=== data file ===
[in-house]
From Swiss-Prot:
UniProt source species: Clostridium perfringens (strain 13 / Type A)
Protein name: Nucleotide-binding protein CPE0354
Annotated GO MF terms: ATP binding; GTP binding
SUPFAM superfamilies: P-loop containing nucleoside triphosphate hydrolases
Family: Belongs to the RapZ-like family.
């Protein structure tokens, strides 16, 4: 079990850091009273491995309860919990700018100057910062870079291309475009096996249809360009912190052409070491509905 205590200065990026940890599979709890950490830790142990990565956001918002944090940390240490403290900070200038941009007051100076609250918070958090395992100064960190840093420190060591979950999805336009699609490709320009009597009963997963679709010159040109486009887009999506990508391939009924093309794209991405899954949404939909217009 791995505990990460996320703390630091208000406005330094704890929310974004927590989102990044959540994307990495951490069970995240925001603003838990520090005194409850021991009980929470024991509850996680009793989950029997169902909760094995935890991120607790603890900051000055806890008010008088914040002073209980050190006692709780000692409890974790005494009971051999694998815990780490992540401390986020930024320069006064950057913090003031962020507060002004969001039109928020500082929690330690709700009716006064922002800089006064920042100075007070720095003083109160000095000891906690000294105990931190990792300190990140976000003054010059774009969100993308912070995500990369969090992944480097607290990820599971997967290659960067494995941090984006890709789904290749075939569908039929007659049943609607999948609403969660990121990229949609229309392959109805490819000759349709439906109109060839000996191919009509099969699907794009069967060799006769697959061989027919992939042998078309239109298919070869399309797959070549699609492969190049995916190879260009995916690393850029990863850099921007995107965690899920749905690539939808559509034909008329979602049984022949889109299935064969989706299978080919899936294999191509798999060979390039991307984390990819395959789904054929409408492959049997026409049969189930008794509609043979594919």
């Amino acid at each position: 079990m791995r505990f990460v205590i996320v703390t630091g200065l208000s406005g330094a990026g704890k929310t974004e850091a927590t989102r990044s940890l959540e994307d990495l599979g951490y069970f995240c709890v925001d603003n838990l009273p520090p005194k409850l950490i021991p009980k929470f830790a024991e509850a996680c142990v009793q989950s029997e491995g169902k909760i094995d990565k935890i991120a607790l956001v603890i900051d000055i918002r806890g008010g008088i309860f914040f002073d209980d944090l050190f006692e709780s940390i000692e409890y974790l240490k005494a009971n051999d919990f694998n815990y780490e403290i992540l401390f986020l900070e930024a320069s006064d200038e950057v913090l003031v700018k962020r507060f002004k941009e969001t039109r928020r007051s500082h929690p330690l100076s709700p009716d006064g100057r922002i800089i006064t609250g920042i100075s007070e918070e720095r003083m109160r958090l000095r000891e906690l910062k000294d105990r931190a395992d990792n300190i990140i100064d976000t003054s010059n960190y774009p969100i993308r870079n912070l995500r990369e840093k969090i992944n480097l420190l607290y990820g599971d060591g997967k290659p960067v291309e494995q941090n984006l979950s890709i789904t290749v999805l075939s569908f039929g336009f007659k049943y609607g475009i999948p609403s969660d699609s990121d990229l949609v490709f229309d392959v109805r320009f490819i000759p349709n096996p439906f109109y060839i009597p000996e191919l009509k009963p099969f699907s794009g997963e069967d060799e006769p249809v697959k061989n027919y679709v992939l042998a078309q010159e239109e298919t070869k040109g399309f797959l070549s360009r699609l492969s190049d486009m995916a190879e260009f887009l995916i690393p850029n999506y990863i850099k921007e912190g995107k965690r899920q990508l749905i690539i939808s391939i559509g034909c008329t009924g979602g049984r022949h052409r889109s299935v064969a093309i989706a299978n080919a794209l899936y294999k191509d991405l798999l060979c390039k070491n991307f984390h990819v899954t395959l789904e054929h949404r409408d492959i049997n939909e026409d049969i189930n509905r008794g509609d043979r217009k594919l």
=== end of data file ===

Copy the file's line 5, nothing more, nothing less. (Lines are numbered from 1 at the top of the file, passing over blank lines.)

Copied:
Annotated GO MF terms: ATP binding; GTP binding